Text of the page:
Entry Service provides centralized access to distributed data though a single hierarchy of typed objects (entries). Services group together as one hierarchy. All the entries are accessible through any service running, through one program interface.
Version: 3.1Entry Service (ES) 3.1 is a software library for Java developers. It provides centralized access to distributed data though a single hierarchy of typed objects (entries).
License: Commercial $490.00
Operating System: Not Applicable
Entries can be stored in data sources of different types (XML files, RDBMS, etc.). Every data source is to be overbuilt with one entry service; services group together into one distributed hierarchy. Every service publishes its own part of a global entry (object) tree.
The whole entry tree is accessible through any service running, through one program interface, in spite of where and how the objects are stored in fact. All the services provide the same view of data transparently.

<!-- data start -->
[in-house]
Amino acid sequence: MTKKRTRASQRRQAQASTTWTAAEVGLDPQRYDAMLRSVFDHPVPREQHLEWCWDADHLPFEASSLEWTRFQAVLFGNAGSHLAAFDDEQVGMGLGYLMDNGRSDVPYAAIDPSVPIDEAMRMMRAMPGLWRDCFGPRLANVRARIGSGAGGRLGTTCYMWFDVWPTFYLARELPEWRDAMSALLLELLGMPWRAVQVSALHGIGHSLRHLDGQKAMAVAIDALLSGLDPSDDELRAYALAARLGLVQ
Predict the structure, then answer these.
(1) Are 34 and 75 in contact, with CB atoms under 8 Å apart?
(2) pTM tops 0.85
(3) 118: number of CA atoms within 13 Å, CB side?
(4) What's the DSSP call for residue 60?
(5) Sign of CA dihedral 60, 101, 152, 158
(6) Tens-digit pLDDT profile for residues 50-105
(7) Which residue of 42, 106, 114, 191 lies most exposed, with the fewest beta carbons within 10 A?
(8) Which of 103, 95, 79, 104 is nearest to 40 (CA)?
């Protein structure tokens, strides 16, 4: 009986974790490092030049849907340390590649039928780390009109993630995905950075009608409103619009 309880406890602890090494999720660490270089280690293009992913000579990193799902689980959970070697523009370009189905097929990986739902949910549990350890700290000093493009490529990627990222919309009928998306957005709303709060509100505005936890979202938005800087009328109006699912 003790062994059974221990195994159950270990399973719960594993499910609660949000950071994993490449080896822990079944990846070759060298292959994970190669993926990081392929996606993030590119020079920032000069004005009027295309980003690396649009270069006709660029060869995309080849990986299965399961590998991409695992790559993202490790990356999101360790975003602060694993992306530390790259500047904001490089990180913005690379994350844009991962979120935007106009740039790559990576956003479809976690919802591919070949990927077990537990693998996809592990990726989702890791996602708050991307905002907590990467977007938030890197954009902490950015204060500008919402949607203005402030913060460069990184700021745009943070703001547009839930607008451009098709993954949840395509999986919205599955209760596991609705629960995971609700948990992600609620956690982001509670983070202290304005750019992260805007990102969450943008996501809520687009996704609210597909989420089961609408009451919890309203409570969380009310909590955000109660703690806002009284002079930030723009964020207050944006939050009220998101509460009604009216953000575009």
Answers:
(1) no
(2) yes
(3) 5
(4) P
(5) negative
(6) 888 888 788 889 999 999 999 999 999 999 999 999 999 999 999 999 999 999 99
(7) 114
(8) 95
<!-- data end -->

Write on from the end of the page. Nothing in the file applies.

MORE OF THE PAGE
Entries have stable and unique string identifier to refer from anywhere; the identifier reveals entry nesting structure.
Entry nesting and service hierarchy are independent one from another, so entries can be moved into another service without changing their identifiers. ES-Path (XQuery / XPath-like language) exists to query the entry tree.
Distributed Refreshable Objects underlies this library, which adds more flexibility and efficiency to ES: a bunch of remote calls are collected and sent as one package through network; all remote entries are cached on client side with no stale data possible; subscription on entry changes is possible. All this is done with no any messaging server (peer-to-peer communication takes place), which gives very high scalability of the entry tree and possibility to use it in global scope.
The key features are:
- Single view of typed objects covering all data sources involved of any types (RDBMS, XML, etc.).
- Stable string object identifier to refer from anywhere; back reference navigation is supported;
- like ES
- Path language to query the whole tree.
- Remote entries are cached locally; no stale data is possible.
- No central messaging server needed to notify of changes; increased scalability.
- Effective network data interchange